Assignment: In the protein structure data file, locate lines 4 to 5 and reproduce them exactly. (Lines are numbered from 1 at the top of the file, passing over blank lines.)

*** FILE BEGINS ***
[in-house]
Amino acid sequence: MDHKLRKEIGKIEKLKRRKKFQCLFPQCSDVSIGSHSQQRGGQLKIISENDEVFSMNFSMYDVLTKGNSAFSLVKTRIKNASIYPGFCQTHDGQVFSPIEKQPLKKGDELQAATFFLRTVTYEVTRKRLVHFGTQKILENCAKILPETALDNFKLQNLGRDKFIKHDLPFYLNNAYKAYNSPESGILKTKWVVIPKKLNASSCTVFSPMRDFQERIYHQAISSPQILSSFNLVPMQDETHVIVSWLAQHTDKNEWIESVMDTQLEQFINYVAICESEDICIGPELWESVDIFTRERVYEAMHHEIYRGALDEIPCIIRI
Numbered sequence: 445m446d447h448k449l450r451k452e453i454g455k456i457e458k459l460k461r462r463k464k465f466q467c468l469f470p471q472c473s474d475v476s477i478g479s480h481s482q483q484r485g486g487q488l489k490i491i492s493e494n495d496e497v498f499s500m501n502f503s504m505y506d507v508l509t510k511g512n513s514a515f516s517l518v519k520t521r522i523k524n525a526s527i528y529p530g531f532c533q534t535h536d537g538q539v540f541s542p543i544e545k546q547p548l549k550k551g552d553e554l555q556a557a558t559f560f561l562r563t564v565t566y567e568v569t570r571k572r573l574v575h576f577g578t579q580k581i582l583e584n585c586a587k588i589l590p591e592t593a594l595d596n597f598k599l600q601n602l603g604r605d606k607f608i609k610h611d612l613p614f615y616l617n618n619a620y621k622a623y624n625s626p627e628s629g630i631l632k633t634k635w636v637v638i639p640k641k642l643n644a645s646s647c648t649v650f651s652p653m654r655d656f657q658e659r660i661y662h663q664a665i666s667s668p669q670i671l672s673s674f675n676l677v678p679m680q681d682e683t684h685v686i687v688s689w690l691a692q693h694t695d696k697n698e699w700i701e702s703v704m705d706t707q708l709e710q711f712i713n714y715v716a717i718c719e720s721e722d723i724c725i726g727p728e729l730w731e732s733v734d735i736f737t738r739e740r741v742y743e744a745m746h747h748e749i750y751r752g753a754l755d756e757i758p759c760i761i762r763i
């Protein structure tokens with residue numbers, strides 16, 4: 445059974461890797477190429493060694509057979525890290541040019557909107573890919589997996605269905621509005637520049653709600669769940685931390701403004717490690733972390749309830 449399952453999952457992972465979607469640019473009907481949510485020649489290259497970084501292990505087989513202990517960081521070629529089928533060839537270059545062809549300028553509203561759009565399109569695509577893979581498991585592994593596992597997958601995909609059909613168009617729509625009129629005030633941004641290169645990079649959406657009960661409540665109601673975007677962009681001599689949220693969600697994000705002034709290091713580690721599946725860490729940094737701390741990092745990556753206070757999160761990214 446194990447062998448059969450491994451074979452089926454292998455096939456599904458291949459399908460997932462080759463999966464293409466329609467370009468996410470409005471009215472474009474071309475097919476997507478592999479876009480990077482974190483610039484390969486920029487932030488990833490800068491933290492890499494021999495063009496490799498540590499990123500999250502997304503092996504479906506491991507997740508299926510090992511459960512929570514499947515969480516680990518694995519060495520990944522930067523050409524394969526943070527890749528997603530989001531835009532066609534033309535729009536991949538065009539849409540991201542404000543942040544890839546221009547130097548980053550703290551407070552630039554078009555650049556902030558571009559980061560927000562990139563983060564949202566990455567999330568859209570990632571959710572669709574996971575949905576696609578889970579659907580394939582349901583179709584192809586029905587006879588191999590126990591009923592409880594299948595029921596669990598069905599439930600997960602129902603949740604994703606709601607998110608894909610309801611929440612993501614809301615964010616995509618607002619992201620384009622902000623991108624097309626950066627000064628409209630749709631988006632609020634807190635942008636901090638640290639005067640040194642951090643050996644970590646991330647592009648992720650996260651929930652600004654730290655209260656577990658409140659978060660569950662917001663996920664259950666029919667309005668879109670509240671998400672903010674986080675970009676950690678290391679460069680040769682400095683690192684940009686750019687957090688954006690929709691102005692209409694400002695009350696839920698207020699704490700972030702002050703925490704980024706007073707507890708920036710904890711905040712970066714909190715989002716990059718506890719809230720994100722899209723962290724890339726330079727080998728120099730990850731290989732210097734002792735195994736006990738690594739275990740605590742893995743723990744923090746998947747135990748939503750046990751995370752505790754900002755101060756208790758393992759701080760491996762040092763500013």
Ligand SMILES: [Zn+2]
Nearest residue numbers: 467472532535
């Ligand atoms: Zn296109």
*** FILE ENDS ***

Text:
């Protein structure tokens with residue numbers, strides 16, 4: 445059974461890797477190429493060694509057979525890290541040019557909107573890919589997996605269905621509005637520049653709600669769940685931390701403004717490690733972390749309830 449399952453999952457992972465979607469640019473009907481949510485020649489290259497970084501292990505087989513202990517960081521070629529089928533060839537270059545062809549300028553509203561759009565399109569695509577893979581498991585592994593596992597997958601995909609059909613168009617729509625009129629005030633941004641290169645990079649959406657009960661409540665109601673975007677962009681001599689949220693969600697994000705002034709290091713580690721599946725860490729940094737701390741990092745990556753206070757999160761990214 446194990447062998448059969450491994451074979452089926454292998455096939456599904458291949459399908460997932462080759463999966464293409466329609467370009468996410470409005471009215472474009474071309475097919476997507478592999479876009480990077482974190483610039484390969486920029487932030488990833490800068491933290492890499494021999495063009496490799498540590499990123500999250502997304503092996504479906506491991507997740508299926510090992511459960512929570514499947515969480516680990518694995519060495520990944522930067523050409524394969526943070527890749528997603530989001531835009532066609534033309535729009536991949538065009539849409540991201542404000543942040544890839546221009547130097548980053550703290551407070552630039554078009555650049556902030558571009559980061560927000562990139563983060564949202566990455567999330568859209570990632571959710572669709574996971575949905576696609578889970579659907580394939582349901583179709584192809586029905587006879588191999590126990591009923592409880594299948595029921596669990598069905599439930600997960602129902603949740604994703606709601607998110608894909610309801611929440612993501614809301615964010616995509618607002619992201620384009622902000623991108624097309626950066627000064628409209630749709631988006632609020634807190635942008636901090638640290639005067640040194642951090643050996644970590646991330647592009648992720650996260651929930652600004654730290655209260656577990658409140659978060660569950662917001663996920664259950666029919667309005668879109670509240671998400672903010674986080675970009676950690678290391679460069680040769682400095683690192684940009686750019687957090688954006690929709691102005692209409694400002695009350696839920698207020699704490700972030702002050703925490704980024706007073707507890708920036710904890711905040712970066714909190715989002716990059718506890719809230720994100722899209723962290724890339726330079727080998728120099730990850731290989732210097734002792735195994736006990738690594739275990740605590742893995743723990744923090746998947747135990748939503750046990751995370752505790754900002755101060756208790758393992759701080760491996762040092763500013």
Ligand SMILES: [Zn+2]